Company ‘trusts’ users to voluntarily stay within bounds
On Thursday, Microsoft took the unprecedented step of launching a dedicated version of its Office productivity suite for the Apple iPad, giving all iPad users the ability to view Office documents on the go for free, and those willing to pay $100 per year for an Office 365 subscription the power to edit and create them. There’s a slight problem, though.
Revises its email scanning policy again following ‘uncomfortable’ criticism
Microsoft came under severe criticism after it emerged last week that in 2012 the company had peeked inside the Hotmail account of an employee suspected of leaking Windows 8 trade secrets. Within 24 hours of the revelations, the company thought it behooved it to “provide additional context and describe how we are strengthening our policies.” But the "strengthened" policy did not go down too well with the critics either.
First laptop battery recall in seven years for the company
Lenovo has recalled about 34,500 laptop battery packs in the States and 2,900 in Canada because of a fire hazard, the U.S. Consumer Product Safety Commission announced Thursday. The affected laptop models, all part of the company’s ThinkPad series, were sold between October 2010 and April 2011.
HTC M8 One and Galaxy S5 already comply with new guidelines
Android’s customizability is one major reason why the open source mobile OS has managed to endear itself to vendors and users galore. But don’t be misled into believing that Google has granted vendors a carte blanche. There are certain rules smartphone makers need to play by if they want their users to be able to access certain Google-developed stock apps considered integral to the whole Android experience.
Facebook purchasing Oculus was an unprecedented acquisition. No Kickstarter company has ever been bought out by a large corporation prior to their crowdfunded project being released--at least not on the immense scale of $2 billion.
The surprising acquisition has spurred a lot of animosity from virtual-reality enthusiasts, most notably from the original Kickstarter backers.
Big losses have become all-too-familiar for BlackBerry
The numbers are in for BlackBerry's fourth quarter of fiscal 2014, and once again, they're not pretty. To get some of the bigger ones out of the way, BlackBerry posted a $423M loss, or $0.08 per share diluted, for Q4, which contributed to a $5.9 billion loss for entire year. Despite the heavy losses, BlackBerry's recently inaugurated CEO John Chen said he was "very pleased" with how things are going. Confused?
Microsoft gives a glimpse of the Kinect for Windows v2's final hardware design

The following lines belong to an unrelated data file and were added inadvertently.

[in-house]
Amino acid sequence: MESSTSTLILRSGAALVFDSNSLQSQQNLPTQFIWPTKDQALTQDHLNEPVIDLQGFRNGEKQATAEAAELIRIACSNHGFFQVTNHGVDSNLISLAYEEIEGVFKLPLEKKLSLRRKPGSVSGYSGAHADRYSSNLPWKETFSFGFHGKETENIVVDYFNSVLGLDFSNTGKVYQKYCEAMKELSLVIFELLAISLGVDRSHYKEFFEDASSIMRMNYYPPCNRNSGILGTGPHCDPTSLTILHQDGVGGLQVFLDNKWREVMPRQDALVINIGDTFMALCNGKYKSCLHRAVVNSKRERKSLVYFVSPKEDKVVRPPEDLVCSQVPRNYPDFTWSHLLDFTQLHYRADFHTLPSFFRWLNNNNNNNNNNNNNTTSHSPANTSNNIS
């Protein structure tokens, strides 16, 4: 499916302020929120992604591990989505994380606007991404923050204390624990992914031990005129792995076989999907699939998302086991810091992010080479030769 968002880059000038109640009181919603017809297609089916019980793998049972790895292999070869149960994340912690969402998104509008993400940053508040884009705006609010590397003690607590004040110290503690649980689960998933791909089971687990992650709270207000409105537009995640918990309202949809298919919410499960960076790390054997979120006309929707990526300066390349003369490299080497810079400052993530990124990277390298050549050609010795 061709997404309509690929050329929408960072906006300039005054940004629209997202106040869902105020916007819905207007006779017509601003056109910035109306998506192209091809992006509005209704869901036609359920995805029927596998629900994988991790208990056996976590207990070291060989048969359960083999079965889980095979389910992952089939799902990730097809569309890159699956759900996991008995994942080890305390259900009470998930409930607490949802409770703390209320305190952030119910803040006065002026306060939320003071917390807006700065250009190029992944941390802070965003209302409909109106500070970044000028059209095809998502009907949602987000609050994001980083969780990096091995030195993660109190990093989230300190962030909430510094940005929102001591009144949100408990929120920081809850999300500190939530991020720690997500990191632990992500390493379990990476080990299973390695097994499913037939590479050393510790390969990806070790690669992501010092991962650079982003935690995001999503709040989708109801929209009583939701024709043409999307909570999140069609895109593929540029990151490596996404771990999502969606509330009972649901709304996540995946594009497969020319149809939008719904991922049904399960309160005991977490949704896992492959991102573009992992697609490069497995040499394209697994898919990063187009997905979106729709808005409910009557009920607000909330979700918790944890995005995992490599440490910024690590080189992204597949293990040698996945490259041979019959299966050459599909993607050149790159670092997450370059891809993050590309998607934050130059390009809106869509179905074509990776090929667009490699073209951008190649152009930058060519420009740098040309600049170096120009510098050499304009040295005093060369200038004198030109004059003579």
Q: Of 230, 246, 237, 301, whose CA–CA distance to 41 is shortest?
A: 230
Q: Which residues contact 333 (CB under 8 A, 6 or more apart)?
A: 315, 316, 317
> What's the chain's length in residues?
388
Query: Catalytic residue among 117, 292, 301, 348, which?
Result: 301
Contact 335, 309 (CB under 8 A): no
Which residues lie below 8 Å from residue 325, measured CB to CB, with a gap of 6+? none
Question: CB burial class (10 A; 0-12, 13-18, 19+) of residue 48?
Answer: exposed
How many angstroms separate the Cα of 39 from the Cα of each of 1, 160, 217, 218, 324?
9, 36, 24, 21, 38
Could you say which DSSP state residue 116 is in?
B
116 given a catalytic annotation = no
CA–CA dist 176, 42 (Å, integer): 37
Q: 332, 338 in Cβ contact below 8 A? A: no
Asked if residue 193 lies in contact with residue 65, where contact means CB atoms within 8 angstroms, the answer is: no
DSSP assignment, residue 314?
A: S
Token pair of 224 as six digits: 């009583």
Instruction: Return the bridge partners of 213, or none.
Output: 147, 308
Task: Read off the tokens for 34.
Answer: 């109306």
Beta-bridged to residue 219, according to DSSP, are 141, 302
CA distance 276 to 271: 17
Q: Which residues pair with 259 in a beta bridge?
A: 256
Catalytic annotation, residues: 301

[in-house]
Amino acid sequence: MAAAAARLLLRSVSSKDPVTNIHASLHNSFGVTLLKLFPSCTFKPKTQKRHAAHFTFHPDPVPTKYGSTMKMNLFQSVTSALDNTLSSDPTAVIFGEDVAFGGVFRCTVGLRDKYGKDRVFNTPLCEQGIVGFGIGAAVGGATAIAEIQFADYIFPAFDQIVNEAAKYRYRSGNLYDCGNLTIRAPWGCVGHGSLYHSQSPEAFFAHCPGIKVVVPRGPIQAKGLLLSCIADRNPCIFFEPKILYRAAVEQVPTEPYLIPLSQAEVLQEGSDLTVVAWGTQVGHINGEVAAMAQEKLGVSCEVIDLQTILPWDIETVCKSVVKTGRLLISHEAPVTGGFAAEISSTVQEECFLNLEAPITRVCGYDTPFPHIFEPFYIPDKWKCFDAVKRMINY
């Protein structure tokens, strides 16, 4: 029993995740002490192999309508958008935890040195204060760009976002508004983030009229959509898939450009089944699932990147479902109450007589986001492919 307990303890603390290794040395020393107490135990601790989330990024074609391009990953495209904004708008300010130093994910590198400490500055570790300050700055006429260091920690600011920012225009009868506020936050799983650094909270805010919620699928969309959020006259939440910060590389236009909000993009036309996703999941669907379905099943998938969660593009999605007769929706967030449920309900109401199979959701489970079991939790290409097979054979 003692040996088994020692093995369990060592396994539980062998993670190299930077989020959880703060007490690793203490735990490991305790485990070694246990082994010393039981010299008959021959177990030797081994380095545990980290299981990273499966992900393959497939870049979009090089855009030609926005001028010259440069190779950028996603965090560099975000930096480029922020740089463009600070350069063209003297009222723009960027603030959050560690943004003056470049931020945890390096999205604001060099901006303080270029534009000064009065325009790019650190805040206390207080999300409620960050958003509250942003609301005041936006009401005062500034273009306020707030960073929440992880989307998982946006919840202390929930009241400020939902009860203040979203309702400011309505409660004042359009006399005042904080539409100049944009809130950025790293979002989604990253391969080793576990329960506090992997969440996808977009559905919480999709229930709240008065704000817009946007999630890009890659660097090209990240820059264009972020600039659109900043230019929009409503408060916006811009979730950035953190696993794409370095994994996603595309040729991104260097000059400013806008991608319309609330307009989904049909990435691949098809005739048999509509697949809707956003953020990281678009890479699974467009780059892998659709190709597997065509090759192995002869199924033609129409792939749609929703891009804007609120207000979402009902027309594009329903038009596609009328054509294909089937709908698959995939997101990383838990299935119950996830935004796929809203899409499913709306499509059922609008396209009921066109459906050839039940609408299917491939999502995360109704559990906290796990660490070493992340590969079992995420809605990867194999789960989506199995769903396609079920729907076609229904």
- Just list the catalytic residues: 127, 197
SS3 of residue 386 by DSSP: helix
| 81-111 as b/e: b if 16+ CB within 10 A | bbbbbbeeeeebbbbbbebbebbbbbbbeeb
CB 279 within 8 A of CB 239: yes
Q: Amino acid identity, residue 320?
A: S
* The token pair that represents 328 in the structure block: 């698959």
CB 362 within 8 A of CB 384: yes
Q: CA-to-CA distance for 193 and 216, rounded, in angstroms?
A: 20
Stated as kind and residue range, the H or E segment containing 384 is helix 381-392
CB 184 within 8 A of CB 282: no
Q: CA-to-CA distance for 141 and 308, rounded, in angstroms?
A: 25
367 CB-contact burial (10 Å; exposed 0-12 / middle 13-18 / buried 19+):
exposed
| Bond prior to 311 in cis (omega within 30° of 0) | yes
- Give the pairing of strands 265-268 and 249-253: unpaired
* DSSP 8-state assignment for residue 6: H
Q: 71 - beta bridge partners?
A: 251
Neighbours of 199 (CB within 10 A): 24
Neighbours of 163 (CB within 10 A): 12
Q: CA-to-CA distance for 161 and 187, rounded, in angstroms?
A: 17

Despite the occasional rumors to the contrary, Microsoft has held firm that the second generation Kinect motion control senor bundled with its Xbox One console would not work with Windows, and that a special version for Windows would eventually be released. That day still hasn't come, however Microsoft did decide to show off what the final hardware will look like for the Kinect for Windows Version 2.
You can test drive Titanfall's latest matchmaking tweaks
Respawn Entertainment says it's been keeping an eye on performance in Titanfall and is well aware of the lack of variety in teams. The development team has vowed to fix that, and if you're eager to try out some of the new changes, you can hop into the "Improved Matchmaking (Beta)" playlist under "Play Classic MP." For now, Respawn wants to watch how things play out in the beta to see what other tweaks are necessary before rolling out the changes to other playlists.
Looking for another reason to go back to school? Think of the discounts! We're seeing a growing trend in special student pricing for a variety of products and services, such as Razer's 20 percent promotion on 2013 model Blade laptops and Amazon's Prime service. Even Spotify is sharing the love with students -- if you're in school, you can subcribe to the company's ad-free premium service for $4.99 per month, which is half off the regular price.
Gartner predicts a 6.6 percent decline in traditional PC shipments next year
There's no denying there's been a shift in the mainstream PC market. People who are primarily interested in surfing the web and sending emails no longer need a desktop to get the job done -- tablets and even smartphones are sufficient tools for basic connectivity. Knowing that, it's hardly surprising for Gartner to forecast a 6.6 percent decline in traditional PC shipments in 2014, but before diehard desktop and laptop fans throw their hands up in defeat, let's look at the bigger picture.